We had a wonderful wedding, and everyone was impressed (or horrified) by how “us” it was, which made me intensely happy. It was in a church and I was wearing white and we had a swanky venue, but we also had robots and video games and bright colors and lots of offbeat fun. The groom and I were in our element; we were sharing who we were while also paying due respect to our families and guests. We DIYed what we had the time and resources to do, and bought the rest. We spent barely under the national average budget for weddings (which is crazy, I know — we had a lot of people in an expensive location!), but we made sure that most everything was reusable, so it wasn't just for one day. We weren't traditional where it wasn't necessary, and we weren't offbeat where it wasn't necessary, either. (Well, not too much…)

And while I can still drool over all the weddings featured on Offbeat Bride, who spent literally one tenth of our budget and still are perfectly fabulous, I would not trade my wedding for any of them (even the Halloween and costume ones!), because our wedding was awesome and “us.” Whether you would consider it offbeat or more traditional, it was fun! And I wouldn't have done it any other way.

Chipotle!!!

Comments on Finally owning that I’m a more traditional bride: You are awesome and so am I

  1. One Offbeat Lite to another (and lover of subcultures introduced to me by Offbeat Bride): You rocked your wedding, girl. Go you and your guy!

  2. this article is awesome, it totally says: ME. The thing is not about being or being offbeat, is about being your true self, wether you want what everybody else has or want something completely different. As long as you remain true to yourself, you’re good to go 😀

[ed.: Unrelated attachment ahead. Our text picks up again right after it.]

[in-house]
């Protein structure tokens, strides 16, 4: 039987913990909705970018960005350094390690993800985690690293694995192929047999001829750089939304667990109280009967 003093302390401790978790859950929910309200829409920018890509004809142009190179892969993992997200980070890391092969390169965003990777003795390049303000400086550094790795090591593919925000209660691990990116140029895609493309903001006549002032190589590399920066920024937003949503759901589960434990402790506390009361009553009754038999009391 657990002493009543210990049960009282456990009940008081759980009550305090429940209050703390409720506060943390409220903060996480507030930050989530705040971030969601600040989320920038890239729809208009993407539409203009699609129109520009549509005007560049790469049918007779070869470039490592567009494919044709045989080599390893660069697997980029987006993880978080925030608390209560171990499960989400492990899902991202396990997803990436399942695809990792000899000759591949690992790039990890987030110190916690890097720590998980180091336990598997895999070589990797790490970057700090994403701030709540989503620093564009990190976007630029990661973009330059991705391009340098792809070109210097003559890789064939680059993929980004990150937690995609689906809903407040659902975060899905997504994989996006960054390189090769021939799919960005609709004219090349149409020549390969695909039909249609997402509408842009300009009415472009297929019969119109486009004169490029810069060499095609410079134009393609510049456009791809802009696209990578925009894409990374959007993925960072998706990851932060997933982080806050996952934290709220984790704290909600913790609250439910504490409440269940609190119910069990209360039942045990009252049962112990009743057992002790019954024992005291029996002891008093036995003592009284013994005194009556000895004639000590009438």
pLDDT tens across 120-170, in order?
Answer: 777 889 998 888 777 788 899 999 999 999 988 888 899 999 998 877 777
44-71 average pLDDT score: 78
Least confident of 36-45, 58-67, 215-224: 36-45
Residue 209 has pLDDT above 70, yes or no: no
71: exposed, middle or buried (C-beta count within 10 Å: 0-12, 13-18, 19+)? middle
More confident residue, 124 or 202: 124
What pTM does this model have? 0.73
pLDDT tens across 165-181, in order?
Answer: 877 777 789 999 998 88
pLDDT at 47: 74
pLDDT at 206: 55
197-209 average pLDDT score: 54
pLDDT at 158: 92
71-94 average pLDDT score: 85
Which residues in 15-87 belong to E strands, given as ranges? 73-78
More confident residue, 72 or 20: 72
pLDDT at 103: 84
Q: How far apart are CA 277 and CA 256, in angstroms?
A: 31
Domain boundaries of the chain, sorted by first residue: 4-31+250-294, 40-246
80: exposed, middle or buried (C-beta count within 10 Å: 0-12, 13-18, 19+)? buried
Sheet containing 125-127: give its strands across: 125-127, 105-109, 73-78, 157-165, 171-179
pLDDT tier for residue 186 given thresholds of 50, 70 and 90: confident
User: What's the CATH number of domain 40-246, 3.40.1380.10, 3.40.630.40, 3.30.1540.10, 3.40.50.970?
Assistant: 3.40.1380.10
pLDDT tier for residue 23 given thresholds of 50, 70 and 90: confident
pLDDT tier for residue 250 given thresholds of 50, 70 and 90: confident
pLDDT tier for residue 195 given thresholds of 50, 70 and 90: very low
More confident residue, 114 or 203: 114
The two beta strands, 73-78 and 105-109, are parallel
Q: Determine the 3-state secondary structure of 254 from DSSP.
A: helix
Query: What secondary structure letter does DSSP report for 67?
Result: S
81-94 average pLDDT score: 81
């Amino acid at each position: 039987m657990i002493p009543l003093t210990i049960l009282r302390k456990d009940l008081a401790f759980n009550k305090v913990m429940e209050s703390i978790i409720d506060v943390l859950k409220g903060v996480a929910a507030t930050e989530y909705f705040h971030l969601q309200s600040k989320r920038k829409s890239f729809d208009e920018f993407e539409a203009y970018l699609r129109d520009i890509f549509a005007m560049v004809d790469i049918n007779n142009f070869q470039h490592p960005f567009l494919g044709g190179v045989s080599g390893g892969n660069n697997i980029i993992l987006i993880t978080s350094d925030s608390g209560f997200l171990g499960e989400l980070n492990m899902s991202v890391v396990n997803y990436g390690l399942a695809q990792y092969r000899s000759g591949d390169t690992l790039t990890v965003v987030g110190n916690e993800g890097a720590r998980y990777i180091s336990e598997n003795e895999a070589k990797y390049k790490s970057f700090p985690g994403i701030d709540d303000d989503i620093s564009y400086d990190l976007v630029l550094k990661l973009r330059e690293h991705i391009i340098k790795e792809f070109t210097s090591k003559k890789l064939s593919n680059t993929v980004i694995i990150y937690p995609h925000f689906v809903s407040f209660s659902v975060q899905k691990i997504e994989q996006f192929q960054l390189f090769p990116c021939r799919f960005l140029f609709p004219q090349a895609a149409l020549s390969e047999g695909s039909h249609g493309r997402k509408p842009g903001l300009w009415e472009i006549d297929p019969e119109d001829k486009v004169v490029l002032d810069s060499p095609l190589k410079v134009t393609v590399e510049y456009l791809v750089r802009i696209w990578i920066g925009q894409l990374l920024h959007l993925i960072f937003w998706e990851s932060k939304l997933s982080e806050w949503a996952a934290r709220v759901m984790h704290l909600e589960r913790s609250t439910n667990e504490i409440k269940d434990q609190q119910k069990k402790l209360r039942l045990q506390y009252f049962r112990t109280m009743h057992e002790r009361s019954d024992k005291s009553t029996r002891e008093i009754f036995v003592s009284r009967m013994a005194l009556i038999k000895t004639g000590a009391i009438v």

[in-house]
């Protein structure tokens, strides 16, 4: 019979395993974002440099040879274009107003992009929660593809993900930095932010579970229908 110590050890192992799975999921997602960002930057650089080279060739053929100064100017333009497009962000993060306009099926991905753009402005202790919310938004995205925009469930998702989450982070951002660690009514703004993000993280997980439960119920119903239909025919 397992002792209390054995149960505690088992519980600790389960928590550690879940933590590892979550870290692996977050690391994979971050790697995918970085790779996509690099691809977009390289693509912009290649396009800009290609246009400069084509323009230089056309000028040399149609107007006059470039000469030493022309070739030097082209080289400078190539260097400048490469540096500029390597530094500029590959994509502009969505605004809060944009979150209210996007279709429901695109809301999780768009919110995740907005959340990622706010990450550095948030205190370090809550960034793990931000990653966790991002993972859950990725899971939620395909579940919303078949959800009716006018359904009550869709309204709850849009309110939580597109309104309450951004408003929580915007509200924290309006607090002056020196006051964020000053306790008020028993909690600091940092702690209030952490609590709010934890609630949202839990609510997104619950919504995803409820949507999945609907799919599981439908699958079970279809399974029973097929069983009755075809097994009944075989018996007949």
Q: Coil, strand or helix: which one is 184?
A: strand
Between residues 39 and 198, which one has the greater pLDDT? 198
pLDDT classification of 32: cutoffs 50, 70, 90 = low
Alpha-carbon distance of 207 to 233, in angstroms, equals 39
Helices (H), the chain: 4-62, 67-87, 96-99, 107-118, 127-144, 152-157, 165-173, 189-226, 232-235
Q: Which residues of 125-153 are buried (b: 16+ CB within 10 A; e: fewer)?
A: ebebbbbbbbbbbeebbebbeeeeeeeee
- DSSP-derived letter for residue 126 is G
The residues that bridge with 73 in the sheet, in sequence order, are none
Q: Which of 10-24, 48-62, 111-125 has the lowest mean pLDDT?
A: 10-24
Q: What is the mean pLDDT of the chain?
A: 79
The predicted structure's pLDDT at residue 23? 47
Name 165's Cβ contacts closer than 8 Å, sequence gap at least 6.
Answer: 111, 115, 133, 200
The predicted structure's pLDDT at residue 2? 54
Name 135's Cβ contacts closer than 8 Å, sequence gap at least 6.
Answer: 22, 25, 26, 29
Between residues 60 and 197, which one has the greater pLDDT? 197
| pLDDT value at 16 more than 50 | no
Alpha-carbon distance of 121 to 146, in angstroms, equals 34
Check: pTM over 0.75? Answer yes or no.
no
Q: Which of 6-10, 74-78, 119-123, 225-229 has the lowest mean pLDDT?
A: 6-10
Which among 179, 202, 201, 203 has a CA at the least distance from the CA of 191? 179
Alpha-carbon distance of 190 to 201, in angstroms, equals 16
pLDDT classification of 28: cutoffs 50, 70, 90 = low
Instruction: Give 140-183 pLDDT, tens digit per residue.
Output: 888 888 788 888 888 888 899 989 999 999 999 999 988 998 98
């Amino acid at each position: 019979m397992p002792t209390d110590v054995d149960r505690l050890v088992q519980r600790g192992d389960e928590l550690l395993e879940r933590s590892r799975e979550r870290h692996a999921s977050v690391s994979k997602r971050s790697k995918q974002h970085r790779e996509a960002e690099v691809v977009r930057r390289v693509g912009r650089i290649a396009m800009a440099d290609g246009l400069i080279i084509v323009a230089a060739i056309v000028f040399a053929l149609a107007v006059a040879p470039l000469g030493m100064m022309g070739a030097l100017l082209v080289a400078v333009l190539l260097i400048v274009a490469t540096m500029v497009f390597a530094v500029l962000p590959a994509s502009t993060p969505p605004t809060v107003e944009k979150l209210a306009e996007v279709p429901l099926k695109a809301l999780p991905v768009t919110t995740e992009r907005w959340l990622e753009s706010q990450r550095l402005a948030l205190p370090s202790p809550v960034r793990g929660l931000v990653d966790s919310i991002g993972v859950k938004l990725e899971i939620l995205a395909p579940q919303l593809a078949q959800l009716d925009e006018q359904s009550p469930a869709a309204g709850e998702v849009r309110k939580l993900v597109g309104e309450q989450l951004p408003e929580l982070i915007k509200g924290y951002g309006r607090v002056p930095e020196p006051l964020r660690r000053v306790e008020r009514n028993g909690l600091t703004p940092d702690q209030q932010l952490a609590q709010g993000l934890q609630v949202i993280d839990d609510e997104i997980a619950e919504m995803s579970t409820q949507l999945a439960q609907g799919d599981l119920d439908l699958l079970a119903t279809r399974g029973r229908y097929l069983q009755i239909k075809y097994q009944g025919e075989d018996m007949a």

3. Your wedding looks beautiful and it was you! That’s what’s important.

    As much as I admire all the gorgeous non-flower bouquets featured on Offbeat Bride, I love real flowers too and had a real flower bouquet. 🙂

  4. Wow, I’m so glad I read this! I just recently got married and felt the same as you. I have used the weddings on this site as an inspiration for my own offbeat wedding, concentrating on getting our own style across and veering away from the tradition. After our wedding, I received many comments about how traditional it was…I was so insulted! Although there were traditional elements, I thought our guests would focus on what was different and comment about that! But at the same time, everyone agreed that the wedding was very ‘us’ and at the end of the day that’s what matters most. We kept the traditional aspects that we liked and got rid of what we didn’t. Having an offbeat wedding isn’t a competition of who’s wedding is the most outrageous, it’s about doing what you love and what will make you both happy. All of the brides I have met on this site have been super nice and laidback…and we’ve all had beautiful weddings with our own personal touches. That’s the most important, that it’s a reflection of the couple :). Thanks for the post!

  5. *cheer*! Sounds like you did everything just right!

    Also, as one of those “I must have a colored dress regardless” folks, can I just say that I look at *your* dress and say “Oh, gosh, if that’s what a white dress is like, I love it!” and would have felt really tempted even if it wasn’t what was perfectly me because it is so *amazingly* gorgeous. Can I ask where you got it?